Fever Is…

Fever is scary to parents.

Parents hear about fever seizures and are afraid the temperature will get so high that it will cause permanent brain damage. In reality the way a child is acting is more important than the temperature. If they’re dehydrated, having difficulty breathing,  or are in extreme pain, you don’t need a thermometer to know they’re sick.

Fever is uncomfortable.

Fever can make the body ache. It’s often associated with other pains, such as headache or muscle aches. Kids look miserable when they have a fever. They might appear more tired than normal. They breathe faster. Their heart pounds. They whine. Their face is flushed. They are sweaty. They might have chills, causing them to shake.

Fever is often feared as something bad.

Parents often fear the worst with a fever:

Is it pneumonia? Leukemia? Ear infection?

Fever is good in most cases. 

In most instances, fever in children is good. It’s a sign of a working immune system.

Fever is often associated with decreased appetite.

This decreased food intake worries parents, but if the child is drinking enough to stay hydrated, they can survive a few days without food. Kids typically increase their intake when feeling well again. Don’t force them to eat when sick, but do encourage fluids to maintain hydration.

Fever is serious in infants under 3 months, immunocompromised people, and in underimmunized kids.

These kids do not have very effective immune systems and are more at risk from diseases their bodies can’t fight. Any abnormal temperature (both too high and too low) should be completely evaluated in these at risk children.

Fever is inconvenient.

I hate to say it, but for many parents it’s just not convenient for their kids to be sick. A big meeting at work. A child’s class party. A recital. A big game or tournament.  

Whatever it is, our lives are busy and we don’t want to stop for illness. Unfortunately, there is no treatment for fever that makes it become non-infectious immediately, so it is best to stay home. Don’t expose others by giving your child ibuprofen and hoping the school nurse won’t call.

Fever is a normal response to illness in most cases.

Most fevers in kids are due to viruses and run their course in 3-5 days. Parents usually want to know what temperature is too high, but that number is really unknown (probably above 106F). The height of a fever does not tell us how serious the infection is. The higher the temperature, the more miserable a person feels. That’s why it’s recommended to use a fever reducer after 102F. The temperature doesn’t need to come back to normal, it just needs to come down enough for comfort.

Fever is most common at night.

Unfortunately most illnesses are more severe at night. This has to do with the complex system of hormones in our body. It means that kids who seem “okay” during the day have more discomfort over night. This decreases everyone’s sleep and is frustrating to parents, but is common.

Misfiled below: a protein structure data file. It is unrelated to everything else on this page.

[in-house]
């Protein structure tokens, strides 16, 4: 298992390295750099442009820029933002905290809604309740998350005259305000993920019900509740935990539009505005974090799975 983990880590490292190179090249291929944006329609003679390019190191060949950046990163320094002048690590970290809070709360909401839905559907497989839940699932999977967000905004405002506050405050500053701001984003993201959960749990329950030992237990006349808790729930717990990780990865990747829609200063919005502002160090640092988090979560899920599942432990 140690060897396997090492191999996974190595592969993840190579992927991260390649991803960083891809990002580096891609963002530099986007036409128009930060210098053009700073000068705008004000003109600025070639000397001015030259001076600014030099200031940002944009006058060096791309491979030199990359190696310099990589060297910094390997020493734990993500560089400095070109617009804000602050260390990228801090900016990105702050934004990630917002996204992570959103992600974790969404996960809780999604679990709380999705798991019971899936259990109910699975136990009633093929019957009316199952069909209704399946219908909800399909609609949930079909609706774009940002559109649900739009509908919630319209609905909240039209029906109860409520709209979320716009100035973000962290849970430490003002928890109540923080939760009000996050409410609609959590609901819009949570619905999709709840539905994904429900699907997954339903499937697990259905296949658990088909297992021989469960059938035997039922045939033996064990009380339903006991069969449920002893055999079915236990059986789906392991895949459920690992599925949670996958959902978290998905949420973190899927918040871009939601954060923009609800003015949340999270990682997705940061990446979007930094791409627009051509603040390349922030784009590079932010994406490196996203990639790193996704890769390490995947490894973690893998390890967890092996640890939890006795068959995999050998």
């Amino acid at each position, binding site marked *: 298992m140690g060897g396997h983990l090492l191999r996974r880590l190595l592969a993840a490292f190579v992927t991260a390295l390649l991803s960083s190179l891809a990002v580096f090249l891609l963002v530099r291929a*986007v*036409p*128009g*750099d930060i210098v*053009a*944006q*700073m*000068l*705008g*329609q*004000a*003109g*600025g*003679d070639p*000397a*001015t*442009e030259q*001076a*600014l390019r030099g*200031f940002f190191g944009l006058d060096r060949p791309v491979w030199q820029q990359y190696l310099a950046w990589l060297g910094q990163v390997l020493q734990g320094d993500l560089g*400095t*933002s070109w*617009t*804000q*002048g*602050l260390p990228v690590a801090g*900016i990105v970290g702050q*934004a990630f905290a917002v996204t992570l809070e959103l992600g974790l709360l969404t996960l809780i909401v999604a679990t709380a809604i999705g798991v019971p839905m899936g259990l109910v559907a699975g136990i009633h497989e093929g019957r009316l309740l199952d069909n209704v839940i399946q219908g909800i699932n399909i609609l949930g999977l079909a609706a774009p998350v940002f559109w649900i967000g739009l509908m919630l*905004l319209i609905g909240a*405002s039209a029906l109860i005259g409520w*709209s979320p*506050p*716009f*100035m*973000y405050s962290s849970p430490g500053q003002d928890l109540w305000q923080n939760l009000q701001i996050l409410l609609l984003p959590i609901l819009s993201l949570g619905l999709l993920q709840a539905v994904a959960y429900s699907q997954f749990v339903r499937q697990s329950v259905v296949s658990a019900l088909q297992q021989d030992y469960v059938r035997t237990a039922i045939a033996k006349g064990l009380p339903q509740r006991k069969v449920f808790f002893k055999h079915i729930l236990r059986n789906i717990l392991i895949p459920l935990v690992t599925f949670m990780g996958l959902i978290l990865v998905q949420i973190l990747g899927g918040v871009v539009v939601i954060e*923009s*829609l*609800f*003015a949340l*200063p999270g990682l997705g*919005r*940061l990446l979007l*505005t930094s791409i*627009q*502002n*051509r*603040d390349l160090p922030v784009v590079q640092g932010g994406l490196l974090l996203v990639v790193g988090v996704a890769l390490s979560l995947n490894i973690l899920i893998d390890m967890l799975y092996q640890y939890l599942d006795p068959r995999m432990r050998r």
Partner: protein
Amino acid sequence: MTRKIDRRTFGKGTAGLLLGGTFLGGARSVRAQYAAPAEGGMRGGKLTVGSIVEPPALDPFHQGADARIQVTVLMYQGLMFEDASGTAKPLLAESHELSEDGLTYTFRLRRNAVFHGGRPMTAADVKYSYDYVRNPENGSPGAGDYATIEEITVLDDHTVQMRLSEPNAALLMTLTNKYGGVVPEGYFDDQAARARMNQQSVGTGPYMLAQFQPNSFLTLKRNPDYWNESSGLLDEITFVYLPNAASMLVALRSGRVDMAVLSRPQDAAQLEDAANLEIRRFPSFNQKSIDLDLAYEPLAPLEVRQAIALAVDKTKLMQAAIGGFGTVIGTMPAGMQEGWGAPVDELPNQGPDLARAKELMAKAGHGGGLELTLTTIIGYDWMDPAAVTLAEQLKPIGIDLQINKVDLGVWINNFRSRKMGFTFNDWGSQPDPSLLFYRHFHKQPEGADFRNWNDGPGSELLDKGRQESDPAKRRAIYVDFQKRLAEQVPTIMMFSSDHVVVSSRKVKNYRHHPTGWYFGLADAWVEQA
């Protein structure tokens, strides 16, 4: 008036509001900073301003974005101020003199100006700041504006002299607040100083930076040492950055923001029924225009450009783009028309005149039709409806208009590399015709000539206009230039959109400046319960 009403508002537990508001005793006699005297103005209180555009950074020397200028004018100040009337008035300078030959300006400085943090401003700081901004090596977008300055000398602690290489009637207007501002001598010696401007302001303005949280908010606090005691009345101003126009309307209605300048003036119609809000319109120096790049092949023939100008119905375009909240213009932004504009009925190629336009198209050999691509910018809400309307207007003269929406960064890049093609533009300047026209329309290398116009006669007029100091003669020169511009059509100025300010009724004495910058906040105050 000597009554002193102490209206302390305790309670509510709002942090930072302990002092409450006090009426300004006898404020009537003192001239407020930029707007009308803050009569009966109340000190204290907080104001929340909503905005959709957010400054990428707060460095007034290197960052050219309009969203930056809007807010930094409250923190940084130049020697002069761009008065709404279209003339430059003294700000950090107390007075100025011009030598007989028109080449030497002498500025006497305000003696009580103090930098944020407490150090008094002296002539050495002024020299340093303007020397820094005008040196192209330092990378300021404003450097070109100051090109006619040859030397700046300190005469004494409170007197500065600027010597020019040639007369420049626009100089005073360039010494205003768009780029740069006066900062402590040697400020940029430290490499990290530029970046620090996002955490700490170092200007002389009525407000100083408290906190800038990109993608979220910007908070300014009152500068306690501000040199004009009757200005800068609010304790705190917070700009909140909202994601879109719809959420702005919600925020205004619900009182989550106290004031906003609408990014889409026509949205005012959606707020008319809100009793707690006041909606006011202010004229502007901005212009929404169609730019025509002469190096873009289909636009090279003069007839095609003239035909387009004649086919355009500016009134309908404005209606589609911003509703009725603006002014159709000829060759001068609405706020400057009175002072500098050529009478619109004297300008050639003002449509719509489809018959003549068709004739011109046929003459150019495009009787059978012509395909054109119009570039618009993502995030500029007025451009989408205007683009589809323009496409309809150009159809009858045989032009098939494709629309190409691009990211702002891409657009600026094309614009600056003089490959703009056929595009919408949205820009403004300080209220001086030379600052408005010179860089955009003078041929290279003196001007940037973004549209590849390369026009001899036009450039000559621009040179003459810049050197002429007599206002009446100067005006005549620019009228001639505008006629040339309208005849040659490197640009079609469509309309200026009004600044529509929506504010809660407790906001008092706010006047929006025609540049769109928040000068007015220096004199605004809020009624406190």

Fever is a time that illnesses are considered most contagious.

During a fever viral shedding is highest. It’s important to keep anyone with fever away from others as much as practical (in a home, confining kids to a bedroom can help). Wash hands and surfaces that person touches often during any illness. Continue these precautions until the child is fever free for 24 hours without fever reducers. (Remember that temperatures fluctuate, so a few hours without fever doesn’t prove that the infection is resolved.)

Fever is an elevation of normal temperature.

Normal temperature varies throughout the day and depends on the location the temperature was taken and the type of thermometer used. Digital thermometers have replaced glass mercury thermometers due to safety concerns with mercury. Ear thermometers are not accurate in young infants or those with wax in the ear canal. Plastic strip thermometers and pacifier thermometers give a general idea of a temperature, but are not accurate.

To identify a true fever, it’s important to note the degree temperature as well as location taken. (A kiss on the forehead can let most parents know if the child is warm or hot, but doesn’t identify a true fever and therefore the need to isolate to prevent spreading illness.) I never recommend adding or subtracting degrees to decide if it is a fever. You can look at a child to know if they’re sick.

The degree of temperature helps guide if they can go to school or daycare, not how you should treat the child.

Fevers in children are generally defined as temperatures above 100.4 F (38 C).

Fever is rarely dangerous, though parents often fear the worst.

This is the time of year kids will be sick more than normal. Kids get sick more than adults. With each illness there can be fever (though not always).

What you can do:
  • Be prepared at home with a fever reducer and know your child’s proper dosage for his or her weight.
  • Use fever reducers to make kids comfortable, not to bring the temperature to normal.